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Acast Marketplace, the podcast company’s programmatic ad platform, has created a new “front door” to help make buying podcast inventory more appealing to marketers. Acast Marketplace, launched in February with podcast inventory from thousands of shows around the globe, will become easier for buyers to sort through, with filters for various audience demographics such as age, gender and language, and podcast subject categories.

Acast calls it the next step in the evolution of Acast Marketplace, with more updates to follow in the months to come. That will include adding additional languages and the development of a completely self-serve buying and booking platform for advertisers.

“This new ‘front door’ into the Acast Marketplace will help us connect even more advertisers with podcasts, as well as attracting and educating new brands in podcast advertising — which in turn will drive more revenue for our creators,” said Joe Copeman, Global SVP of Sales at Acast. 

The Acast Marketplace features both direct sales and automated buying features to allow the inventory to be bought and sold programmatically. It offers traditional spot ad buys, sponsorships that include show hosts delivering the message, and the creation of branded content either through dedicated segments or episodes within existing shows, or a standalone branded podcast series. Acast also promises marketers their ads will appear in a brand-safe environment and that all GDPR regulations will be complied with — an important factor for sales in the European region.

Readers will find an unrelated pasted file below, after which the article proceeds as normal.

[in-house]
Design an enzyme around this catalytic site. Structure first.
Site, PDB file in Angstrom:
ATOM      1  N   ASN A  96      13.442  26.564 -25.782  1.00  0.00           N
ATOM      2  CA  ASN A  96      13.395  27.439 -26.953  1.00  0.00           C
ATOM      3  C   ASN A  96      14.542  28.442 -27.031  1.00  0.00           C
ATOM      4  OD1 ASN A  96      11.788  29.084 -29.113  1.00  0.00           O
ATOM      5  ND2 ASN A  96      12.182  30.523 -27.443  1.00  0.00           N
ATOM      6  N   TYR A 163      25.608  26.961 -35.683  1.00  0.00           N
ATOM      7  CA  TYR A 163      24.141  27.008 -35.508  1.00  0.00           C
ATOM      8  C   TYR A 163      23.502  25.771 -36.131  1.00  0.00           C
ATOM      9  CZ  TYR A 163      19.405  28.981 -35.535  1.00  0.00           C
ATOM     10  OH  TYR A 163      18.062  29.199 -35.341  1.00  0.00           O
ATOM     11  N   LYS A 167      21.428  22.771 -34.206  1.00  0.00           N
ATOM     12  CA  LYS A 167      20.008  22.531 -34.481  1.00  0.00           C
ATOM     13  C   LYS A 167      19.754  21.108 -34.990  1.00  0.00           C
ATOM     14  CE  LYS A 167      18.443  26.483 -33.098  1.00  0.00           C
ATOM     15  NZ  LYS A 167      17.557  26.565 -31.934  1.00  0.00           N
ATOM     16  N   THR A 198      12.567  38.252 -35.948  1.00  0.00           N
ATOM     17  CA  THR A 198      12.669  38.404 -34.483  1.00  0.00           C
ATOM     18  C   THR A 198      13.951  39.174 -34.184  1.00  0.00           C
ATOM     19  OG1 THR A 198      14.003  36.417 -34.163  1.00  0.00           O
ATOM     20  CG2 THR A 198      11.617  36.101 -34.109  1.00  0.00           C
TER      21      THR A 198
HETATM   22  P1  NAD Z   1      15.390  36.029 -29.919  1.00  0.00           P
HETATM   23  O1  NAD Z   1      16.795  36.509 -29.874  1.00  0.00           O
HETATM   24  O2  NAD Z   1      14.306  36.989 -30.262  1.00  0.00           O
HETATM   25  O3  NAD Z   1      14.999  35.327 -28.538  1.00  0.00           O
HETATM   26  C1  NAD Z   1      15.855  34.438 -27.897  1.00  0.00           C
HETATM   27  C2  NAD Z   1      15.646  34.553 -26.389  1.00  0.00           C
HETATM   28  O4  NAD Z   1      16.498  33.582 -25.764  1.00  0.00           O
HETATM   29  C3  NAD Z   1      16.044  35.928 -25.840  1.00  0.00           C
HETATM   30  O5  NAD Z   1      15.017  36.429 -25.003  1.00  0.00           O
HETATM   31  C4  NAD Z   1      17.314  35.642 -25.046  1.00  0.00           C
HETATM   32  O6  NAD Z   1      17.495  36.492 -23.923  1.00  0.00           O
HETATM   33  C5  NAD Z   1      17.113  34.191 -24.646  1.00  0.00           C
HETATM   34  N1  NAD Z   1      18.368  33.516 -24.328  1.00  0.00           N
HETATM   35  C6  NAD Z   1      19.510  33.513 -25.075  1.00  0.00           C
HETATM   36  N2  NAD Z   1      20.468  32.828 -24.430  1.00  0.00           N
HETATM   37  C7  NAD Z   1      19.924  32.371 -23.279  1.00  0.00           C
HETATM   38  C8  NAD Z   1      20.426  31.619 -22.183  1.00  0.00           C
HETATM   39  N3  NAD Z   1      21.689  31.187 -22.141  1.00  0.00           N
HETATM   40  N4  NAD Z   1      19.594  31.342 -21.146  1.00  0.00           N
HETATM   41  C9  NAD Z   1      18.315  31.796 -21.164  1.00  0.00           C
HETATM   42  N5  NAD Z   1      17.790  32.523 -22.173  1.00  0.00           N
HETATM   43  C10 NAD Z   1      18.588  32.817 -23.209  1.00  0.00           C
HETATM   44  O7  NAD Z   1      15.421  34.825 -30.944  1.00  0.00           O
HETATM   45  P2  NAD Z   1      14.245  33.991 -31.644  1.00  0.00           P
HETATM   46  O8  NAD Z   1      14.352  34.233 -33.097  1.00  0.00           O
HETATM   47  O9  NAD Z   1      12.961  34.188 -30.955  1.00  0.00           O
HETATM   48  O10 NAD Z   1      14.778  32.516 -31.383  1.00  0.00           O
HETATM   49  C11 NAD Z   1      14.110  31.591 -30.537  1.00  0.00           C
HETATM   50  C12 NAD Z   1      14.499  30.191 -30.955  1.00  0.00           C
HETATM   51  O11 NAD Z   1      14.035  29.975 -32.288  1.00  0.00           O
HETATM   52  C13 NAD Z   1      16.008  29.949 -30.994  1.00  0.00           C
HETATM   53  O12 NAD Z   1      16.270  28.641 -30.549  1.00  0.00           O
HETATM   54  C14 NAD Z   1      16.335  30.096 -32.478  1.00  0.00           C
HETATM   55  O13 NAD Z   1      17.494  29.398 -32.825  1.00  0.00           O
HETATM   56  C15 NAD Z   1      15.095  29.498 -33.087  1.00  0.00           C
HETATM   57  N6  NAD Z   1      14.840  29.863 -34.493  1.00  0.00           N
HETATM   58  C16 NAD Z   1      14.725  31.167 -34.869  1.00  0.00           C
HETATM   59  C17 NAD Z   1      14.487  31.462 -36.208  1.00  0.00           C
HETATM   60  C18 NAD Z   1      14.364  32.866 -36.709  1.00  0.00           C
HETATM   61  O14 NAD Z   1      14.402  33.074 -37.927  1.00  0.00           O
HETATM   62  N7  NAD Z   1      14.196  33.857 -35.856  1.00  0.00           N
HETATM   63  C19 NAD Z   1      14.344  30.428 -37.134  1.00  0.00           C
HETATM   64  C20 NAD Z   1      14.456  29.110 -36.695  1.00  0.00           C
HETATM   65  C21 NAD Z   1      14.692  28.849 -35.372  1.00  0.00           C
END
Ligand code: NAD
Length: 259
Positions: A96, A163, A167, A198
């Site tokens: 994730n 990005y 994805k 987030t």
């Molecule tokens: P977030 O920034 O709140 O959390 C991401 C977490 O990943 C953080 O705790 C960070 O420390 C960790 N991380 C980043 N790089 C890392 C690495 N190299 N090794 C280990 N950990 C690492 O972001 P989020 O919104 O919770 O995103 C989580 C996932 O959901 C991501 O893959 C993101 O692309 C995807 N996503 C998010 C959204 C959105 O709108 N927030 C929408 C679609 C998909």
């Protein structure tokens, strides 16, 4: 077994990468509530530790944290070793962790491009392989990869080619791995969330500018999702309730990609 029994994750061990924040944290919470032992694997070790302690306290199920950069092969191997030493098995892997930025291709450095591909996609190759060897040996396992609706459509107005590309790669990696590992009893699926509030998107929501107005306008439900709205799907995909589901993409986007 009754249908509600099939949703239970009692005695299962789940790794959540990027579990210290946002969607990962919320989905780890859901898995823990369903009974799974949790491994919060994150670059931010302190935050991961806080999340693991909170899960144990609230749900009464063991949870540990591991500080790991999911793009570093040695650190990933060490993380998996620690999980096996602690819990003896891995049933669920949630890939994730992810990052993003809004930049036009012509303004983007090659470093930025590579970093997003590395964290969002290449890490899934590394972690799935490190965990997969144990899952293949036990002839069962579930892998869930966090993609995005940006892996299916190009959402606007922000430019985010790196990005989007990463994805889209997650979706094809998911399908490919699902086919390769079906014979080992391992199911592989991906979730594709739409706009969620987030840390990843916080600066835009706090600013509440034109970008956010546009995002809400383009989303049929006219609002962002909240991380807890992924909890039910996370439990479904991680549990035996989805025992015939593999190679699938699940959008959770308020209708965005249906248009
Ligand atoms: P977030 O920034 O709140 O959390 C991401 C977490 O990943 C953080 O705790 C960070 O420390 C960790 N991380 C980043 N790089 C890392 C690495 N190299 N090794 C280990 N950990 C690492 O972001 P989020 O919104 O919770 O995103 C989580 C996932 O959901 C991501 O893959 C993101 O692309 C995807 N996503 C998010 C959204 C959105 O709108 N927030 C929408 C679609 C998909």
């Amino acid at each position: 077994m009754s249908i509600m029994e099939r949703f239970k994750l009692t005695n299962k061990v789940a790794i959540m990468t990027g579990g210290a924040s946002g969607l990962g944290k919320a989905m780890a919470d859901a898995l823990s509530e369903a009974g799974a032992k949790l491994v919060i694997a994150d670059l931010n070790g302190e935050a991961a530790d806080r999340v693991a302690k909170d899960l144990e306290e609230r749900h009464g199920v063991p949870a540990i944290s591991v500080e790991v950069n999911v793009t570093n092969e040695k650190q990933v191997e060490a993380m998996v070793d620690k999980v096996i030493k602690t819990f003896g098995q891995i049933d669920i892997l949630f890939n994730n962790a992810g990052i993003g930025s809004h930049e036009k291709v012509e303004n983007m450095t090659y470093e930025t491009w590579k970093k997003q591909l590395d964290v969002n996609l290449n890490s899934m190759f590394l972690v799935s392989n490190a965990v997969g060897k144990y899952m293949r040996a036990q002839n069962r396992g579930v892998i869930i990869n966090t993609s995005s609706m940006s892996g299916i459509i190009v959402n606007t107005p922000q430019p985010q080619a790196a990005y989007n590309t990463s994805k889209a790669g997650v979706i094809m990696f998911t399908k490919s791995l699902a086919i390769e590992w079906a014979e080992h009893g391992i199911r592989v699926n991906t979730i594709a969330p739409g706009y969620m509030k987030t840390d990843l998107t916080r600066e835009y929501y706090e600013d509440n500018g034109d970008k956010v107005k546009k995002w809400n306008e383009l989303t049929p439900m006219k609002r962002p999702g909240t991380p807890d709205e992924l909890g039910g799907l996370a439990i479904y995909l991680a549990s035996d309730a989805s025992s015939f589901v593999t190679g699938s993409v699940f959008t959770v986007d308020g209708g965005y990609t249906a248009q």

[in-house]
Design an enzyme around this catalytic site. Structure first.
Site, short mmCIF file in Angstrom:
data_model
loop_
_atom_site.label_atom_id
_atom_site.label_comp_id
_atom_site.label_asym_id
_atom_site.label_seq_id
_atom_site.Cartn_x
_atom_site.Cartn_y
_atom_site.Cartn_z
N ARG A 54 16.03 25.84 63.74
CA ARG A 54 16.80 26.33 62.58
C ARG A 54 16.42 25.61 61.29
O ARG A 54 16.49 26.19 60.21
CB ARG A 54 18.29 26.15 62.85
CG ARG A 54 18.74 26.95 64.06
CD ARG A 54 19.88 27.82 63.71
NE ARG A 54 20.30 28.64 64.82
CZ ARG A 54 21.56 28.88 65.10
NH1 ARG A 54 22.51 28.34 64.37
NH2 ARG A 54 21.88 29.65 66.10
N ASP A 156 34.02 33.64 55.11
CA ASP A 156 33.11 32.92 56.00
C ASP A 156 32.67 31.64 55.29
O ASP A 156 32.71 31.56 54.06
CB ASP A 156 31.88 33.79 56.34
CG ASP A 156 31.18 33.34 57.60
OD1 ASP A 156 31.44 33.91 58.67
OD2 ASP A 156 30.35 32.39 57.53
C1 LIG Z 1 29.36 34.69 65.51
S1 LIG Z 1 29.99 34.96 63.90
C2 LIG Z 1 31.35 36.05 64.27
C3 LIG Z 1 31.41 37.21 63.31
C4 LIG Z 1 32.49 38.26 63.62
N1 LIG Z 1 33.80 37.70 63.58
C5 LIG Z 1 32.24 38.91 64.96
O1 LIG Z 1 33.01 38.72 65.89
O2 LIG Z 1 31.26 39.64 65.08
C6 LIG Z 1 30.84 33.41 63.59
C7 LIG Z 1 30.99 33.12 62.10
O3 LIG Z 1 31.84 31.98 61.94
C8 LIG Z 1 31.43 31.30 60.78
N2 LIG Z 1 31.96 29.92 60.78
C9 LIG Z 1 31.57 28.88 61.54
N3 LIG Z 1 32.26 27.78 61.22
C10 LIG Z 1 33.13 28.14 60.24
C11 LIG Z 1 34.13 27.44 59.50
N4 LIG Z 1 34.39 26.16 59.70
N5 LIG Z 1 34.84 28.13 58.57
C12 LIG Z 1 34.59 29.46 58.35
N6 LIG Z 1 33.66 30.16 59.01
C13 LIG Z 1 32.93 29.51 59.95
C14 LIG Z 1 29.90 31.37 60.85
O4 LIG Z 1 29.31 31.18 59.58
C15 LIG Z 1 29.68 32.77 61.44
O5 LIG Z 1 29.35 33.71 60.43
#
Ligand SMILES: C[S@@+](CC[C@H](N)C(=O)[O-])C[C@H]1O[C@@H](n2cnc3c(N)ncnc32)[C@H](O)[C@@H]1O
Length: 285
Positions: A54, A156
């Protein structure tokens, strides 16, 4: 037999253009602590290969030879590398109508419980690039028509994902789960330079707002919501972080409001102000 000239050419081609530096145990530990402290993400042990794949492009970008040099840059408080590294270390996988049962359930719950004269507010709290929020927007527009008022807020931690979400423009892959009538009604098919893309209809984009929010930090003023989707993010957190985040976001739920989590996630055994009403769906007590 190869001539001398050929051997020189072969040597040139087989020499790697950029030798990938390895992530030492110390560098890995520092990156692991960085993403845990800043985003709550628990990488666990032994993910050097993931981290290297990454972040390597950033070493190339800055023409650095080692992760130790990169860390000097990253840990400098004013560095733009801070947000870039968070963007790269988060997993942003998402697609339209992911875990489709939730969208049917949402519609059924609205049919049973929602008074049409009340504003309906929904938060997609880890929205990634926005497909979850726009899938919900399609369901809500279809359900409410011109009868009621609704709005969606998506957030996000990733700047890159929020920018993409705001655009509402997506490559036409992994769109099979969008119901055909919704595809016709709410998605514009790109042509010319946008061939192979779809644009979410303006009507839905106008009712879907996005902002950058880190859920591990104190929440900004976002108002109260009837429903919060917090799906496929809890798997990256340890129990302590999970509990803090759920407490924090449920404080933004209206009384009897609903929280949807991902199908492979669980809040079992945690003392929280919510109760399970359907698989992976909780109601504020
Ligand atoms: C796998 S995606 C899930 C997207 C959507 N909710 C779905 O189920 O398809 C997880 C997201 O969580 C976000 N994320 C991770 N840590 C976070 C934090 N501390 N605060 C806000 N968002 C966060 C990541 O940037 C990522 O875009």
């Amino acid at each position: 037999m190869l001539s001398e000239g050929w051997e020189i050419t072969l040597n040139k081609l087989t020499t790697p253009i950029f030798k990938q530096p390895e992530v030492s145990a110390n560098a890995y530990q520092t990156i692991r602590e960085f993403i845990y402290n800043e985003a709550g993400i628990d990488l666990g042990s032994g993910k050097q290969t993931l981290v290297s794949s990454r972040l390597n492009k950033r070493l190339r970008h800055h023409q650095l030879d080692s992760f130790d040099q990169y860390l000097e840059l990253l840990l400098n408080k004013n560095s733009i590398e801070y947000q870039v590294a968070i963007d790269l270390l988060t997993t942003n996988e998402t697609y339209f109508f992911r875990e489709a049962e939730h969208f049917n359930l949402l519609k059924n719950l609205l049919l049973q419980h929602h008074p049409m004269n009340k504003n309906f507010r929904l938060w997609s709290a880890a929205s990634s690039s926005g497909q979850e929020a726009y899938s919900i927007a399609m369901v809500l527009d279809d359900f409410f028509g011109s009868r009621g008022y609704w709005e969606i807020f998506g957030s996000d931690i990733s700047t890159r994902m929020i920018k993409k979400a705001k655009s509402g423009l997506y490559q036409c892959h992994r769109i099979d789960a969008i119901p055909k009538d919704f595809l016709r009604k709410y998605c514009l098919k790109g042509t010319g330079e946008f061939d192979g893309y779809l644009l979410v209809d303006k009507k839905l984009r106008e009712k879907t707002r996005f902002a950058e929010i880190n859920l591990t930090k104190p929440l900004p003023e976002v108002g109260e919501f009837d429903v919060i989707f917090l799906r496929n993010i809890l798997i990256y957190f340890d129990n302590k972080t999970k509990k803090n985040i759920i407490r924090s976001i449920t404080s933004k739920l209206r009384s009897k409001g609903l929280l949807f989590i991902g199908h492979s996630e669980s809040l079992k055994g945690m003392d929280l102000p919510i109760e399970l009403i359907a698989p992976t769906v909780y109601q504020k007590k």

The Interactive Advertising Bureau reported this week that a small portion of podcast ads were bought through programmatic platforms last year, but industry executives believe interest in machine-to-machine buying and selling is rapidly growing.

Nina Harvey, Senior Director of Audio at Magnite — the former Rubicon Project — said there’s been “a bit of resistance” historically among podcasters. But she told the Voxnest Podcast Advertising Summit earlier this month that the conversations around programmatic buying of podcast ads have changed during the past 12 to 18 months. “That is a way for the podcast audience to start to be made available to the big audio buyers who may already be buying audio streaming but want to now enter the podcast space,” she said.

Other podcast executives said they see programmatic buying as a way to open up money-making opportunities for shows that do not have the large download numbers to attract advertisers on their own.